The process diary of film director Glendyn Ivin
Filtering by Category: Pre-Production
Select pages from a visual and tonal document I put together to hand out to cast and crew in the lead up to shooting Gallipoli. Made up from a selection of archival material, paragraphs from Les Carlyon's wonderful book, poems from some of the great war poets and my own photographs.
Jo Ford our production designer has said (half jokingly) that she wished the project wasn't called 'Gallipoli' as it brings with it such an immense amount of scale and preconception that it overwhlems with expectations. So I found an alternative title which helps establish an idea and an over arching theme that is constant throughout the project.
Ten weeks of Gallipoli pre-production came to an end yesterday. A huge challenge in many ways. I haven't taken anywhere near the amount of 'pre' photos that I would have normally and this alone is an indication of how intense the process has been. Gallipoli is a beast of a project and I think I would be a nervous wreck right now if I wasn't surrounded by the best best people. I've really have the dream cast and crew and I feel totally supported going into this shoot that we all know is going to be very tough at best. I feel very privileged to be where I am right now (although I do feel like throwing up).
This snap of the writer Christopher Lee deep in thought, reminds me of the Ernest Hemingway quote "Writing at it's best is a lonely life…". Christof spent most of last year holed up alone writing the eight hours of television we are about to make. But for the past two months, he has sat in this room and for many of those days I sat across from him and we worked on the scripts together. Christof is one of the most generous and wise people I've had the pleasure to work with. It's been a wonderfully collaborative and learning experience.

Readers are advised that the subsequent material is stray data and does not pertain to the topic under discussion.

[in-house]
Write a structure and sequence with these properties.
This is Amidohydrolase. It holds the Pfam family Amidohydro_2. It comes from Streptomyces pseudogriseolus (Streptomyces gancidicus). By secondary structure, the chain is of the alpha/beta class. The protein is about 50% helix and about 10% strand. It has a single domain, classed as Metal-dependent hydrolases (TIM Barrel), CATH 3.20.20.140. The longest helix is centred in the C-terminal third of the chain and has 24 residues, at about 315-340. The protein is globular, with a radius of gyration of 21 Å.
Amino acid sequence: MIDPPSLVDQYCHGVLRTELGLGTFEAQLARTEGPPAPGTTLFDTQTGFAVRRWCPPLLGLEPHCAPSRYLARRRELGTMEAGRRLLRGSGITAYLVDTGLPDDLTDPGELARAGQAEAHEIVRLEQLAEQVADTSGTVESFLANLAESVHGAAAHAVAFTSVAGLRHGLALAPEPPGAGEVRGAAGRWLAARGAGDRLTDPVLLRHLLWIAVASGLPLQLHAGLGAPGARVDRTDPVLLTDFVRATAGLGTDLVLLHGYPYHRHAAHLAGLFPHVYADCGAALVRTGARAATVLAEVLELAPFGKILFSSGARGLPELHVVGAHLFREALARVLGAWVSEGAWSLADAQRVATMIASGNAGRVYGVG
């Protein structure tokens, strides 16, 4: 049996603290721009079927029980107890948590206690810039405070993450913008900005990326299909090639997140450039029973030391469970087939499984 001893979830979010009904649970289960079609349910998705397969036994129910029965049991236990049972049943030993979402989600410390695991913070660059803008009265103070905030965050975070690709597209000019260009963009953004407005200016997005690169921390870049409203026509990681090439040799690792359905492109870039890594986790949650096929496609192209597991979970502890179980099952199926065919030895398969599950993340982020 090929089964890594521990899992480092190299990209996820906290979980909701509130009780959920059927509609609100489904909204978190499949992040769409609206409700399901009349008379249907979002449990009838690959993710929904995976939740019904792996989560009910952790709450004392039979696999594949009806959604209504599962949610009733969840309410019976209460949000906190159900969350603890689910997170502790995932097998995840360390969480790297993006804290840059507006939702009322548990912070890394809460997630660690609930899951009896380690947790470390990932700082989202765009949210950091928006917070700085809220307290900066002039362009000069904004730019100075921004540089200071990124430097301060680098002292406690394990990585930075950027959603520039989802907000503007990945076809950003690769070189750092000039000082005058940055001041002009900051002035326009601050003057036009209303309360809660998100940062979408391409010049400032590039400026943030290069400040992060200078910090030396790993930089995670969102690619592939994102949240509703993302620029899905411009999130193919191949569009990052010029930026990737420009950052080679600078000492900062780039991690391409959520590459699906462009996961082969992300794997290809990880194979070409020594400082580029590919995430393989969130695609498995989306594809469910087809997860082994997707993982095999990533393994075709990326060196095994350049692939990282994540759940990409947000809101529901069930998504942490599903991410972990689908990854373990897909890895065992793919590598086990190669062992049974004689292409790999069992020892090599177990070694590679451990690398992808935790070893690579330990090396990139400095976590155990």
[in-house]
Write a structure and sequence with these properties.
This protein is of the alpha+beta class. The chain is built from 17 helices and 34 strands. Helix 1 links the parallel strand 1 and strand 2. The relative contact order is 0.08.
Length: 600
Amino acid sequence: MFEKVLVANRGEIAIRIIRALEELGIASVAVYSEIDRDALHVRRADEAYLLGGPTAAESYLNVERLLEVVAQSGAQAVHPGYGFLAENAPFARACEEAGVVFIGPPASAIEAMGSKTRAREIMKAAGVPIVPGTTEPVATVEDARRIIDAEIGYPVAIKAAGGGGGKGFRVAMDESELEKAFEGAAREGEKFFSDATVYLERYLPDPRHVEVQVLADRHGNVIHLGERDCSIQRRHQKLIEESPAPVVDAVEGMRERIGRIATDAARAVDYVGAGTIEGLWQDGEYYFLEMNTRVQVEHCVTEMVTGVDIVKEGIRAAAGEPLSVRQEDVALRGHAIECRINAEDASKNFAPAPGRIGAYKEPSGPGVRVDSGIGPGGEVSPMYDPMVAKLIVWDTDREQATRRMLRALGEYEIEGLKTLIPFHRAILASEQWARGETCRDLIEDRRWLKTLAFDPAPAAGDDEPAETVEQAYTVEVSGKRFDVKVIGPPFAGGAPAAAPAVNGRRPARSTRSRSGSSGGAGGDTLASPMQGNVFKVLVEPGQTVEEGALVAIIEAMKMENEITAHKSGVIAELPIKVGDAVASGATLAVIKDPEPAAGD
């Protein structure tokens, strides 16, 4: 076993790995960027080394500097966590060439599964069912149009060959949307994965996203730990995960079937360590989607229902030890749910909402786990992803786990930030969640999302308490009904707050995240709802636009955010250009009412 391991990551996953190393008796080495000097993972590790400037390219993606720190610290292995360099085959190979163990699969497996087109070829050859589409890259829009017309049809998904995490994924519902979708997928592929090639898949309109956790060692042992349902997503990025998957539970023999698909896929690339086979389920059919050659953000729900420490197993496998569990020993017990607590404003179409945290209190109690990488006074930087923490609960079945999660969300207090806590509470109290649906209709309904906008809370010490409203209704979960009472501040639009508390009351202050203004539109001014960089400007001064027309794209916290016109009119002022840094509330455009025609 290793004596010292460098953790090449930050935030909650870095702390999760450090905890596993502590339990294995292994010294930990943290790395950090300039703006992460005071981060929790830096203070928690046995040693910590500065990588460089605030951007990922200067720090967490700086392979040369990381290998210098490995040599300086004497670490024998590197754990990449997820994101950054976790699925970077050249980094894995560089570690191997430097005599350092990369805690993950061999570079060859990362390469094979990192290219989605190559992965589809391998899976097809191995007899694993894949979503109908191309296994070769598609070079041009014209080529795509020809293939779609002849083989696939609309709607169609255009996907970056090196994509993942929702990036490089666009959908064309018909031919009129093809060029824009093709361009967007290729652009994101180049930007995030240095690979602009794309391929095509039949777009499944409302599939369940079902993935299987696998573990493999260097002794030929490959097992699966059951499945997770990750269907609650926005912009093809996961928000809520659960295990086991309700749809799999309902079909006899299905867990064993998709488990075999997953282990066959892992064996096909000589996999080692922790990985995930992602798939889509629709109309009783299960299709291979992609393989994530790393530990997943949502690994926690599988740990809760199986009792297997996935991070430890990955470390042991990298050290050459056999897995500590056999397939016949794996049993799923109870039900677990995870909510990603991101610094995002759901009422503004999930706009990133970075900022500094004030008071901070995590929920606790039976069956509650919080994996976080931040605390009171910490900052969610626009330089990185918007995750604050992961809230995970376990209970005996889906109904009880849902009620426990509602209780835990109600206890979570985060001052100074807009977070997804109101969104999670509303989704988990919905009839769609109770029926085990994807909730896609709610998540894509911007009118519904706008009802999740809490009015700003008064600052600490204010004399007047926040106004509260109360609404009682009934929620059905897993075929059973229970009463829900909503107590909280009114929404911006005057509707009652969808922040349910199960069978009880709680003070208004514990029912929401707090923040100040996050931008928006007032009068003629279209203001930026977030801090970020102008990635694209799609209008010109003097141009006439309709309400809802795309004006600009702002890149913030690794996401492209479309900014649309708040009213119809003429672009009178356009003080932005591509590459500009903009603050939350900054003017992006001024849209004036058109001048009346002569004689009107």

Have never felt time move so quickly in pre-production. The Gallipoli pre-weeks are going by like days… Coming to terms with the fact that there will never be enough time to prepare for everything by the time we begin shooting in 3 weeks… Regardless, I'm feeling very supported by the team I have around me.
Entering that very precious stage of early pre-production where it's not too busy, there's time to do what you need, to catch up, to think out loud, to listen to music, to watch movies, to leaf through reference books, to shove ideas together, to plan, to suggest, to dream. I've moved into the Gallipoli production office and for the next week or so I'm the only one on my floor. It's so bloody wonderful to have this time and space because very soon it's all going to fill up and disappear... But right now, this is the bit to cherish.Coming into land last week after a day of casting in Sydney.